August 14, 2019 829 PM
MARFA – City Council gathered for a fifteen minute special meeting on Friday to re-attempt the city homestead tax exemption they had tried to pass earlier in the week. According the Presidio County Appraisal District’s Chief Appraiser Cynthia Ramirez, anyone who claims homestead in Marfa will get to take advantage of these new exemptions as early as the upcoming 2019 tax year.
The meeting was open for citizen comments before council considered the exemption, and longtime Marfa resident Lonny Mendoza took to the dais to speak to address council. “I’m not here to give you a hard time; I’m here to commend you for seriously considering a homestead exemption. It’s the right thing to do.”
Mendoza’s lamentations were similar to many Marfa citizens’ comments. “Our tax bill has increased tremendously over the last five years. We as taxpayers are feeling the pinch.”
As market values have increased tremendously for homes in Marfa, the appraisal district has struggled to keep expenses down for locals, especially during the reappraisal of 2014 when the state told the county appraisal district to reassess and catch up to state requirements.
“Marfa has become a very popular place and that is what has put us in this predicament. People that have houses, whether they’re native sons or new people, have taken advantage of the market. The innocent bystanders are those who are neither buying or selling, who have homes and want to continue to live here.”
Councilmember Irma Salgado has spearheaded the exemption effort on behalf of council. Salgado was previously the Chief Appraiser for the Presidio County Appraisal District, so she was quickly able to see how much revenue would be lost by the tax break and figure out how much relief Marfa citizens would get from various homestead exemption percentages.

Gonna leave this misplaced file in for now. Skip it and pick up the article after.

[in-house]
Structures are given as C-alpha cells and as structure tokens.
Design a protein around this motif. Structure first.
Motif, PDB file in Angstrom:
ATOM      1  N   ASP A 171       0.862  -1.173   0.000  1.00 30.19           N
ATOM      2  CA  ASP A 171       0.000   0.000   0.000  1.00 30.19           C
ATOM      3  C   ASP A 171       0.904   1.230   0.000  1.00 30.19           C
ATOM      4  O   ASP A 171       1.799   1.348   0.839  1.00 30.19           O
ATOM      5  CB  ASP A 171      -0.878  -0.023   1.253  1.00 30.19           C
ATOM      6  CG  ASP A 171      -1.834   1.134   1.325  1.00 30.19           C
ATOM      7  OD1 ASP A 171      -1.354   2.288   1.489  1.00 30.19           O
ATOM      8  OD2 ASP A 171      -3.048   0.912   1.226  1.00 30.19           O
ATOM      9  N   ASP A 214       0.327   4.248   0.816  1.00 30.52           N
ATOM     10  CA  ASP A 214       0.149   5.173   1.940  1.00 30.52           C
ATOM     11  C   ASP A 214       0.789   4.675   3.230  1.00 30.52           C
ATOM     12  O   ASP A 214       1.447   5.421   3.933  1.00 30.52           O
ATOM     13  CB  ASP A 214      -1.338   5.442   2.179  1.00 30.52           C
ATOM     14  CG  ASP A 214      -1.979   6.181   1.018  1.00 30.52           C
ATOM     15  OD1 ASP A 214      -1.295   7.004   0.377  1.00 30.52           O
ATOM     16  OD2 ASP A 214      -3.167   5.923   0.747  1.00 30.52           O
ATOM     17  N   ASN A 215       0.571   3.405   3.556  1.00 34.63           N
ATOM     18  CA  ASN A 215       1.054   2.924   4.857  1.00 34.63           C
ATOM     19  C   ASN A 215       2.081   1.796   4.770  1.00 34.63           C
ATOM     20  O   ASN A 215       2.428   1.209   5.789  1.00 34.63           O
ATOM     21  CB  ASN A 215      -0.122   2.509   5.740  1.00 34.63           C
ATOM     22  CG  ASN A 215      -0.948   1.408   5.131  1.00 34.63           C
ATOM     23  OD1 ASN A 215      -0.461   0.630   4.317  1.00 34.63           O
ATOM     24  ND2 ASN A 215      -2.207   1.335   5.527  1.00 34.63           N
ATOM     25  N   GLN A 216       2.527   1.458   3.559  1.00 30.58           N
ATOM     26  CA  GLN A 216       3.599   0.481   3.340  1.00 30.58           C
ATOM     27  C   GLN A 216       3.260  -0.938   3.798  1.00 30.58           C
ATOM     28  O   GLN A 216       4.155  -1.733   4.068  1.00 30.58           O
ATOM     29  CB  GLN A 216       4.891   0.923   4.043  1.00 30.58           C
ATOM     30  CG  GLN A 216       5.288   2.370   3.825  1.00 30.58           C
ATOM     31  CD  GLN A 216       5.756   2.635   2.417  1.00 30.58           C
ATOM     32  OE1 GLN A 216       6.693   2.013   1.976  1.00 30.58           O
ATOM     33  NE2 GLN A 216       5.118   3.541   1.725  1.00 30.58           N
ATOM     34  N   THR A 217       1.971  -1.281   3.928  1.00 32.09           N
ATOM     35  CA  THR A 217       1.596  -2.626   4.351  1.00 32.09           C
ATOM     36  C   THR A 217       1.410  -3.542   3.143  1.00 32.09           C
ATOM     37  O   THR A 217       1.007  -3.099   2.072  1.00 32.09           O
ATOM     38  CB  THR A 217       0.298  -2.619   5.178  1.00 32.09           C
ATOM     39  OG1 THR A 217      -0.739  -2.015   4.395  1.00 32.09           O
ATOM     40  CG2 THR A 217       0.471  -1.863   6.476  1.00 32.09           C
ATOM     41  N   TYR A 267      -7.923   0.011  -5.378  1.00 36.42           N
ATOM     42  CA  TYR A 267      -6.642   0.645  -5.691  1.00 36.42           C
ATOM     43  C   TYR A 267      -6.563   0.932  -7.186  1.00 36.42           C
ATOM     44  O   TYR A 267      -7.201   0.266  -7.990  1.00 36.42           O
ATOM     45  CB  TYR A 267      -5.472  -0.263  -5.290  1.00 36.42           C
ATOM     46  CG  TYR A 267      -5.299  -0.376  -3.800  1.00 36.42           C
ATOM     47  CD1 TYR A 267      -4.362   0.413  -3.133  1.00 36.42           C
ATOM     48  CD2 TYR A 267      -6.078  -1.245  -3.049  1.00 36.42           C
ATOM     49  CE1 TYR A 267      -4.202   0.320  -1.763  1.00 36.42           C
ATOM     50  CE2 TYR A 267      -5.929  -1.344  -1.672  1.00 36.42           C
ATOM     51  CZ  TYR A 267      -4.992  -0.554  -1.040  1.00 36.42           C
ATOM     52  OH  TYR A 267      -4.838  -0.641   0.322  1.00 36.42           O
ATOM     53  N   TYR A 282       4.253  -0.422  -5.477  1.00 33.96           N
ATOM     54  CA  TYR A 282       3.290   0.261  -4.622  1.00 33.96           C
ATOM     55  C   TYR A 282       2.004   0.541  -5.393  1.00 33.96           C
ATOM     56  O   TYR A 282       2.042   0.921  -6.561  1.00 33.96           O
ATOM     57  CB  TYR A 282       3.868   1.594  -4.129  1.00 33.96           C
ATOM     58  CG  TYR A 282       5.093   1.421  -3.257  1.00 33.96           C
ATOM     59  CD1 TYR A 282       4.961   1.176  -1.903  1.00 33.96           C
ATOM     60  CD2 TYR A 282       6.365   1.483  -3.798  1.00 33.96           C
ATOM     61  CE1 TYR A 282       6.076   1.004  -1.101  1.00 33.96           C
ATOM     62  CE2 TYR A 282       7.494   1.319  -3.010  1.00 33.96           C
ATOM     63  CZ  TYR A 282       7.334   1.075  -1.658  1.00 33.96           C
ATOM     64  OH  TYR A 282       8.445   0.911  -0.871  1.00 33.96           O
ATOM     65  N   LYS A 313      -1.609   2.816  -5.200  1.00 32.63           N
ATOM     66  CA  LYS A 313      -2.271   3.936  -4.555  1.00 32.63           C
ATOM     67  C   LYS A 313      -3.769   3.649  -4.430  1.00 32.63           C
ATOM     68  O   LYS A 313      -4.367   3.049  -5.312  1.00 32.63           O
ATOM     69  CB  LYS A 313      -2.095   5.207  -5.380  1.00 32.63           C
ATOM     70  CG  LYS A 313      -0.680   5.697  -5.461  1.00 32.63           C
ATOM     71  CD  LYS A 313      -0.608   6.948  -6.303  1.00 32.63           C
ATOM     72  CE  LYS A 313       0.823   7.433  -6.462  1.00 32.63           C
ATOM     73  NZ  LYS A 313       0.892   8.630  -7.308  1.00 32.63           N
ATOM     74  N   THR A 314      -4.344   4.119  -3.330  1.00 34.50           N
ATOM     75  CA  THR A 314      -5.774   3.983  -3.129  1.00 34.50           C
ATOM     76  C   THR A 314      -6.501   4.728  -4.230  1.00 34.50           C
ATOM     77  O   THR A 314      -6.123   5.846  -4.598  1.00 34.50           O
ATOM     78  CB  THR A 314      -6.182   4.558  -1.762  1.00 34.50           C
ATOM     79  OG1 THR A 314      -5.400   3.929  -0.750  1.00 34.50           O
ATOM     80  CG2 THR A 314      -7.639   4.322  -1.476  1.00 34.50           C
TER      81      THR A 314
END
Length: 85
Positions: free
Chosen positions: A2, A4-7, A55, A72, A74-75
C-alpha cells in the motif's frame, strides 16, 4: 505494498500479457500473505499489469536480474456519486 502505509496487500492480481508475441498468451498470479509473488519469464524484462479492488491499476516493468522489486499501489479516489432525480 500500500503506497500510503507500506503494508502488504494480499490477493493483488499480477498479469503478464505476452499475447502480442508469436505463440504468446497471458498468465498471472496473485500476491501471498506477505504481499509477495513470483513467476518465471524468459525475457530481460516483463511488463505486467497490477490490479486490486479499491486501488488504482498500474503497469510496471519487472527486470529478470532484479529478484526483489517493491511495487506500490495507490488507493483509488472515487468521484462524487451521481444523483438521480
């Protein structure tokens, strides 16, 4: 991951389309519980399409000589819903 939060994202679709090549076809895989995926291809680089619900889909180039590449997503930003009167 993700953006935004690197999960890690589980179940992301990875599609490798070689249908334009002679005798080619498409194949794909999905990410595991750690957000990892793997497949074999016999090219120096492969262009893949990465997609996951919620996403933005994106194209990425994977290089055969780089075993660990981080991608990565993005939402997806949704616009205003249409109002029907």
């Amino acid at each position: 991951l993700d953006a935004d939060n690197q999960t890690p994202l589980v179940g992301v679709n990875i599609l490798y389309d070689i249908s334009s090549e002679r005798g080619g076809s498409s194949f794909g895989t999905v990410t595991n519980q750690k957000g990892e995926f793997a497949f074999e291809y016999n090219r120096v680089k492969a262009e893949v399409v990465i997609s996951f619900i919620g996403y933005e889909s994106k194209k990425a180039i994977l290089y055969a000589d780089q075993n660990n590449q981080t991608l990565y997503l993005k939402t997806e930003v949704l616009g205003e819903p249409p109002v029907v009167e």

“We’ve decided we’re going to do a 10% discount for homestead exemption, except if your exemption value is less than $5,000, then they’ll give you a flat $5,000,” Salgado explained. Council is starting at 10% and hopes that if all goes well, they can work their way toward 15% or eventually 20% exemptions.
Salgado said council is starting low because once a homestead exemption is implemented, “We can’t take it away. If we start at 20% and start having financial problems, we couldn’t bring it back down.”
Earlier in the week, council had gathered to approve the homestead and even voted on the agenda item, but a procedural mistake made the vote invalid. At the Friday meeting, Irma motioned to approve the exemption, with Councilmember Raul Lara seconding it. Council unanimously approved it, though Councilmember Yoseff Ben-Yehuda was absent.
City Attorney Teresa Todd said they council held special meetings to rush the exemption through, so that it could be put into place immediately. Mendoza replied from the audience, “We appreciate the rush.”